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Them Central VA African American genealogy society will host Alice Cannon who will discuss the history of Bleak House planatation. This will be in Charlottesville at the LDS Chapel

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A Family Project is looking at the history of the Foxbank Plantation, located in South Carolina. This was covered in one of the Charleston newspapers. The Lynes family is the group leading this effort to preserve what remains and to explore the history. The website is called the Foxbank Project. The site looks at the lifestyle, and objects that have been found from the site also. The websit looks interesting, and is worth exploring to learn more about the family’s preservation efforts.

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I mentioned the effort to document the black soldiers who found in the Battle of Lake Erie. Well, I also want to bring to your attention, the Center of Black Genealogy. This is the group behind the project. The center is a non-profit organization that is devoted to advancing, “the scholarship of African American genealogy and promote genealogy research and preservation throughout the African Diaspora.” Well that is quite impressive. It is spearheaded by Tony Burroughs, FUGA, who has an international reputation, and who has already put Black Genealogy on the map in many arenas. His board of directors look impressive, and their initial project looks like a sound one, with the Hidden Heroes project. This is an organization to watch, and it promises to be one from which new data will emerge.

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Well thanks for tuning in this week and taking time out of your schedule to listen. You are appreciated and your work is also appreciated. In the meantime, as you continue the pursuit of your own stories, keep researching, keep documenting and always, keep sharing what you find.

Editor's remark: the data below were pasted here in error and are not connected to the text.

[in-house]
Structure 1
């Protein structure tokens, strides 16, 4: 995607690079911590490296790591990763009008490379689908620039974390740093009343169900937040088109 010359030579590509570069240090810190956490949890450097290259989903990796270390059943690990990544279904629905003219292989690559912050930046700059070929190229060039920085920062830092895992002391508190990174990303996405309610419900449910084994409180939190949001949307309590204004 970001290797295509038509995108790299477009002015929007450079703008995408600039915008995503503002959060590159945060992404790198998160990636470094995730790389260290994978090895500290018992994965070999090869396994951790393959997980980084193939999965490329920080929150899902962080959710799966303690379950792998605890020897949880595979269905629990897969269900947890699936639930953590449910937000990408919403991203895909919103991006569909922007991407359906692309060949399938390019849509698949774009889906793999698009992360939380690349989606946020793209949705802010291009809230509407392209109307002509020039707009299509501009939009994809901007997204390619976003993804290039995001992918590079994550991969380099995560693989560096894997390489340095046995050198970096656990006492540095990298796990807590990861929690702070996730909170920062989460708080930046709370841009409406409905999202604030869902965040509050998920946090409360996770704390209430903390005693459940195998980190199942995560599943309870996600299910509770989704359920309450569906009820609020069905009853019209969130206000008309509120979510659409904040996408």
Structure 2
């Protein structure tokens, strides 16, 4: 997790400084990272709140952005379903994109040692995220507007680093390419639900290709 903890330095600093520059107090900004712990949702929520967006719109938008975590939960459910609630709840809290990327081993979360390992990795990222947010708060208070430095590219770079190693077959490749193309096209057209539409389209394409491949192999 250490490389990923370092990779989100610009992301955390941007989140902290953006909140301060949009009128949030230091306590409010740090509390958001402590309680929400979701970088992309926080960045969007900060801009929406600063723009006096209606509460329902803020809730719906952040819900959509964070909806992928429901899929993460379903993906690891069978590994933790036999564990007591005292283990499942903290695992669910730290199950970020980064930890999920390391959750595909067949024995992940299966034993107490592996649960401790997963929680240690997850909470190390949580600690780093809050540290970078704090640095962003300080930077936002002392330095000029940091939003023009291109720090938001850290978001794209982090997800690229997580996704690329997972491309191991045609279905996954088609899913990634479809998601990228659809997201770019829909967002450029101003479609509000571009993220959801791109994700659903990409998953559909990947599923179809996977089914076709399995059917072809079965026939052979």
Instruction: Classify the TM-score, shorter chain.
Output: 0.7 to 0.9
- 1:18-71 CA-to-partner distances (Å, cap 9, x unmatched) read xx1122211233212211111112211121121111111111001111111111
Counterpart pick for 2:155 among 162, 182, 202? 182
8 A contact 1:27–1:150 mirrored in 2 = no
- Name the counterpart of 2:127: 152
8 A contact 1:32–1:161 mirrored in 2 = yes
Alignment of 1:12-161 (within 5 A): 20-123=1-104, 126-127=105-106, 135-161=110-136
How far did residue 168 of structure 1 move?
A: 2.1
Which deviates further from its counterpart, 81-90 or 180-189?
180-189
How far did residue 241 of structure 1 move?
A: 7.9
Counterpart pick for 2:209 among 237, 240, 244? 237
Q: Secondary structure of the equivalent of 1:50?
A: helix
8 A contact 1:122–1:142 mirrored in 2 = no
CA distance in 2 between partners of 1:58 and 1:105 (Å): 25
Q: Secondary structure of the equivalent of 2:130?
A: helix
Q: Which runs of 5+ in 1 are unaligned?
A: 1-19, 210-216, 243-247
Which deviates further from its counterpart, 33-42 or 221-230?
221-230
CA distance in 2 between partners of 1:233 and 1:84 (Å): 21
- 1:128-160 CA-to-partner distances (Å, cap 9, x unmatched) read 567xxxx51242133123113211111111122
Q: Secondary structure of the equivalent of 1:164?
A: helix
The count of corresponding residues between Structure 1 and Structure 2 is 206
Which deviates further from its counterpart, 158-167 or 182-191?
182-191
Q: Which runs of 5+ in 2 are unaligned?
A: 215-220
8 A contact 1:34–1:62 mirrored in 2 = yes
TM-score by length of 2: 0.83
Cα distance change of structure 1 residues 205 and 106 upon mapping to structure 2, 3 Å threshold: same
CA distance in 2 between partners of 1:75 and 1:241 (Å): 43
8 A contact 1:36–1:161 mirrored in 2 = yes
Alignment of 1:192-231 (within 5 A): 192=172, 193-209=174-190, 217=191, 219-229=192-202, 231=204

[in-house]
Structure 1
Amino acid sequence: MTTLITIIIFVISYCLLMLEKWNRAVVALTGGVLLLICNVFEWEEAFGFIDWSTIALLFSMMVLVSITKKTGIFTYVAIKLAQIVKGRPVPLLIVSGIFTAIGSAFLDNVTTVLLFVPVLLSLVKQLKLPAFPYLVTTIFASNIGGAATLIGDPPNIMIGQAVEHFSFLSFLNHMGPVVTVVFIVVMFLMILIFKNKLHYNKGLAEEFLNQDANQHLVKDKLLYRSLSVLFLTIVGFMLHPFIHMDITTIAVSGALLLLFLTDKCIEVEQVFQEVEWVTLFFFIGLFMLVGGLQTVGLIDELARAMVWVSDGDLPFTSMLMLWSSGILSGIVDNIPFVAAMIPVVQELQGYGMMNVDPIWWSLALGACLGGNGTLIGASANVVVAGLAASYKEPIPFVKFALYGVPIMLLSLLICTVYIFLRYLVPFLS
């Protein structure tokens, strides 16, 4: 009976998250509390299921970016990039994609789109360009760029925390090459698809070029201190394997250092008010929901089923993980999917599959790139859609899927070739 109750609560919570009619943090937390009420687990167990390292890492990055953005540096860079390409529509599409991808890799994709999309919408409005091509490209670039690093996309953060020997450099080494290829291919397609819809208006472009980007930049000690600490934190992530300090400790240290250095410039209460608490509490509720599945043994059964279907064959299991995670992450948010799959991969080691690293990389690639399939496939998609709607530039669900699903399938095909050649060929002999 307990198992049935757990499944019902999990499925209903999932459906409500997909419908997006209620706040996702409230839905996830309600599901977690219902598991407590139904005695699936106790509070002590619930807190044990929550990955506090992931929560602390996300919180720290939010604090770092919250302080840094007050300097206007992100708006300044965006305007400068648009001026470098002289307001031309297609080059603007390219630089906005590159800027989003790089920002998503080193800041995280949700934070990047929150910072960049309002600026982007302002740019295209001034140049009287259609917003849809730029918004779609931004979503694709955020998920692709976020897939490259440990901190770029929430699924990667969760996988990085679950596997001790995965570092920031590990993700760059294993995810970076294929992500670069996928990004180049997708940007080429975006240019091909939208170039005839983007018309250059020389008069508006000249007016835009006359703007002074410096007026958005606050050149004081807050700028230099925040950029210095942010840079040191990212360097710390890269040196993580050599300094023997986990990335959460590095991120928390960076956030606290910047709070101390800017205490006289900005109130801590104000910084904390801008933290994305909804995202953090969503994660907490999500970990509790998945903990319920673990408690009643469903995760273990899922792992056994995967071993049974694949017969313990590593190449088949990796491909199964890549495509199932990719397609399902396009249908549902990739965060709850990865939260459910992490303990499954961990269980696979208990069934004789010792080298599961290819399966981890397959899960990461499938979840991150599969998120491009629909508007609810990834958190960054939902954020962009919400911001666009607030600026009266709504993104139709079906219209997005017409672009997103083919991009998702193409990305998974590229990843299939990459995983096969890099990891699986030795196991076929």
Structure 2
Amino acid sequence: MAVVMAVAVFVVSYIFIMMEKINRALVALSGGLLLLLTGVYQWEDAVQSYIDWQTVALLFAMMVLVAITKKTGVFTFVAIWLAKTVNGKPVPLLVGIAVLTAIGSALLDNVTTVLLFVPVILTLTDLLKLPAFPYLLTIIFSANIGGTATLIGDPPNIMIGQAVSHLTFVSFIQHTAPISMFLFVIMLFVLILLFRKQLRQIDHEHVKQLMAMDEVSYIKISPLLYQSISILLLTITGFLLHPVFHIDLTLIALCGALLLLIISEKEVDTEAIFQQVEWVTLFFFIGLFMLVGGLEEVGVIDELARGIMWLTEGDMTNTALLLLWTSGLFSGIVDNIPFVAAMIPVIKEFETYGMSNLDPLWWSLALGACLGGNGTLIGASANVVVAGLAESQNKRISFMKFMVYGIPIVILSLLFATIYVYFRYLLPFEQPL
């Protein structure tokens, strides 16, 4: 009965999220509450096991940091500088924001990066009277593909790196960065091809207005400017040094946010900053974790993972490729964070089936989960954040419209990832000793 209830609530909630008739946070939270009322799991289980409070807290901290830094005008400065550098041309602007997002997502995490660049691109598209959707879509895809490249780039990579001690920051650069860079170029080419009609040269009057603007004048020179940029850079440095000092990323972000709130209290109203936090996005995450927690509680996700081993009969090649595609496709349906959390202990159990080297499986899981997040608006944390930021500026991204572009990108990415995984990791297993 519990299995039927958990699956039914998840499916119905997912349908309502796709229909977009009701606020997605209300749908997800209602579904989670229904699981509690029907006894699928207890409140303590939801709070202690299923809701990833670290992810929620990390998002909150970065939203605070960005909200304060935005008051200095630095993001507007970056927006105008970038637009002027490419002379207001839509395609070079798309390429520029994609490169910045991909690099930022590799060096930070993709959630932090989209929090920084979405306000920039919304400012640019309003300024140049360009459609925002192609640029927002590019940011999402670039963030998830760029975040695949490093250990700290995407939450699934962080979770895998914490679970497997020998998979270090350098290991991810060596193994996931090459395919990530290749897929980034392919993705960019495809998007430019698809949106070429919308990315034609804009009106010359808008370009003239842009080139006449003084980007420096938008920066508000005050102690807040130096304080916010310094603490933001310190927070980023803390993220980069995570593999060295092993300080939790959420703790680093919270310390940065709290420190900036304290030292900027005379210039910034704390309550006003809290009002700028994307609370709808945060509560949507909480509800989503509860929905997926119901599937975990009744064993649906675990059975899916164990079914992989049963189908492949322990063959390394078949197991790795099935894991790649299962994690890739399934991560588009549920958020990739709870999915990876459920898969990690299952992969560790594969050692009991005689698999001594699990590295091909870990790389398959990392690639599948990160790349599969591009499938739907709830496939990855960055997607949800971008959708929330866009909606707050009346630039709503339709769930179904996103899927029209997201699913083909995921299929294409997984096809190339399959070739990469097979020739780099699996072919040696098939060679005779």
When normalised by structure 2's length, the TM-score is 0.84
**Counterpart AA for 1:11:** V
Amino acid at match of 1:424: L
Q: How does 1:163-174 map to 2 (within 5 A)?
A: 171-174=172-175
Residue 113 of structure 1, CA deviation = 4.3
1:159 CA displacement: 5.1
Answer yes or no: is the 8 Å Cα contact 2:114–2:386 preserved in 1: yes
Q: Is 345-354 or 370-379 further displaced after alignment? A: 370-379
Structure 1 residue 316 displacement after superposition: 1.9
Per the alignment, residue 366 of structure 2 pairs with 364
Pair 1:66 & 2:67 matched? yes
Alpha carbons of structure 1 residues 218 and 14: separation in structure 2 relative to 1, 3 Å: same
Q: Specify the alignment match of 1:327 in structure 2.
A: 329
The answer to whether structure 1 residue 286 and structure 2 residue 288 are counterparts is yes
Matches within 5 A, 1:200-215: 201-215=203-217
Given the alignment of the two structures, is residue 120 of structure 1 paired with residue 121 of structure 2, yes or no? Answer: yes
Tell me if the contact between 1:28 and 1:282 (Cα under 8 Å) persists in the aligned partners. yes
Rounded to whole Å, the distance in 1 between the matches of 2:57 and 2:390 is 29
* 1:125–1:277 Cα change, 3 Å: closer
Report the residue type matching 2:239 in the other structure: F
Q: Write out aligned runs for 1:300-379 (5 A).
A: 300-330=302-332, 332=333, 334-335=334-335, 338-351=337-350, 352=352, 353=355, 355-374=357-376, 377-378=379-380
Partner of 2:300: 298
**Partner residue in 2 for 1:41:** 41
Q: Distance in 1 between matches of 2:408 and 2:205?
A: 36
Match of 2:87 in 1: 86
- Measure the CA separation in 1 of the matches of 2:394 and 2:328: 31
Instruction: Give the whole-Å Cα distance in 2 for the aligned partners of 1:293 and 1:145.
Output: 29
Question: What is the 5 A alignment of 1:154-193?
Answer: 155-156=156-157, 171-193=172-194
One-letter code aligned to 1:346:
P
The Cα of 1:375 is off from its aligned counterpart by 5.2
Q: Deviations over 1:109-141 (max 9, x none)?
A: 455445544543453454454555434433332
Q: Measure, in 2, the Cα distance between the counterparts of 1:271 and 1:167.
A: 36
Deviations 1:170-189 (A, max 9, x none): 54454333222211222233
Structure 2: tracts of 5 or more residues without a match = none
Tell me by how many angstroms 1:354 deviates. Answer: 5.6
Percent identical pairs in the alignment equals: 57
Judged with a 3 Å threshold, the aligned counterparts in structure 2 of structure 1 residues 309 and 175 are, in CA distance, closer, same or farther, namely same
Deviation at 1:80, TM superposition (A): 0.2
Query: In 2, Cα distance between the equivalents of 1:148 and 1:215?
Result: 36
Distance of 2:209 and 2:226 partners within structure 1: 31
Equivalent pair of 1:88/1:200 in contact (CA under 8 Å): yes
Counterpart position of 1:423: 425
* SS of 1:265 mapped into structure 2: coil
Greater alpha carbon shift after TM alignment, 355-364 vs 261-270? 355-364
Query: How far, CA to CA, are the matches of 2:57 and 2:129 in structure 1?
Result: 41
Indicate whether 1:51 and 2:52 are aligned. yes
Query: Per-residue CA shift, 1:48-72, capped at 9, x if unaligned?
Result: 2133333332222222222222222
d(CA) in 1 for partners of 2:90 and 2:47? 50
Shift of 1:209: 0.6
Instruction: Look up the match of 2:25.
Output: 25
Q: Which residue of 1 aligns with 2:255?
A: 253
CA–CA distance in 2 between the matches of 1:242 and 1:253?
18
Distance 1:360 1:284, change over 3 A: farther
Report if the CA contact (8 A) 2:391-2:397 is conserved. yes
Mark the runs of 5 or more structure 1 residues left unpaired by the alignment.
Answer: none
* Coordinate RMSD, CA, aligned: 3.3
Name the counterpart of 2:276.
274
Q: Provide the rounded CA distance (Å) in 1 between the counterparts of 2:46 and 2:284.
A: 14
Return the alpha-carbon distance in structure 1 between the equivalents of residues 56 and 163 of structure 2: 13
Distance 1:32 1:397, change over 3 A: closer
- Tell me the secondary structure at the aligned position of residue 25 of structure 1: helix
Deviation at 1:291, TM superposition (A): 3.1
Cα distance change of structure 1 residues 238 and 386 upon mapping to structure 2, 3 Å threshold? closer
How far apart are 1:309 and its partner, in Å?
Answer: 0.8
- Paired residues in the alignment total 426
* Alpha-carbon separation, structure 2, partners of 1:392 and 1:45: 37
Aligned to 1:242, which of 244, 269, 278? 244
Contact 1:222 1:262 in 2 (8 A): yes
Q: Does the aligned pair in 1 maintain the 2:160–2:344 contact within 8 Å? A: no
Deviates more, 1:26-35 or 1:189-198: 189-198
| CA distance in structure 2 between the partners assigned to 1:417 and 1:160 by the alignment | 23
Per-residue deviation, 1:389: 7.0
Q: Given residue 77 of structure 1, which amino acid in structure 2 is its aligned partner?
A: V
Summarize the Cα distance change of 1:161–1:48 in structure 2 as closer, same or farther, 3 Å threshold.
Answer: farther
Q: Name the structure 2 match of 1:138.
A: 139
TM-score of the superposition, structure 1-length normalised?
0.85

African Roots Podcast Episode #231 September 6, 2013

This Week's Pod Cast

 

Welcome back to the African Roots Podcast!
You can always reach me at AfricanRootsPodcast@gmail.com

This has been a busy week with webinars from the NARA Virtual Fair and news coming out of Salt Lake City! That’s right–from Salt Lake City–a huge collaborative venture has been announced! Ancestry and Family Search have announced their joint effort to put a billion records in a digitized format and make them available! Now this will take about 5 years or so, and will involve pulling out international collections as well as bringing out old records from the vaults. That means bringing them out of the mountain! What an effort! This is hard to imagine, but what great news for researchers–the future looks bright!

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I hope you had a chance to catch the live webinars online this week when the National Archives offered to the world a series of free lectures as part of the Virtual Genealogy Fair online. Several of the lectures were of interest to African Ancestored research. Don’t worry if you missed them, they are all archived online at ustream.net. There was a session on the Freedman Savings, the US Colored Troops and also Native American Ancestry. So if you missed them, click this link to hear the lectures and this link for the schedule.

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The Afro-American Historical and Genealogical Society, Inc.-Prince George’s County Chapter (AAHGS-PGCM) will hold its bi-monthly meeting on Saturday, September 21, 2013, from 1:30- 3:30 p.m, at the Seabrook Recreation Building, 9443 Worrell Ave, Lanham-Seabrook, MD 20706. Topic of Discussion: “The Use of Smartphones in Genealogical Research”.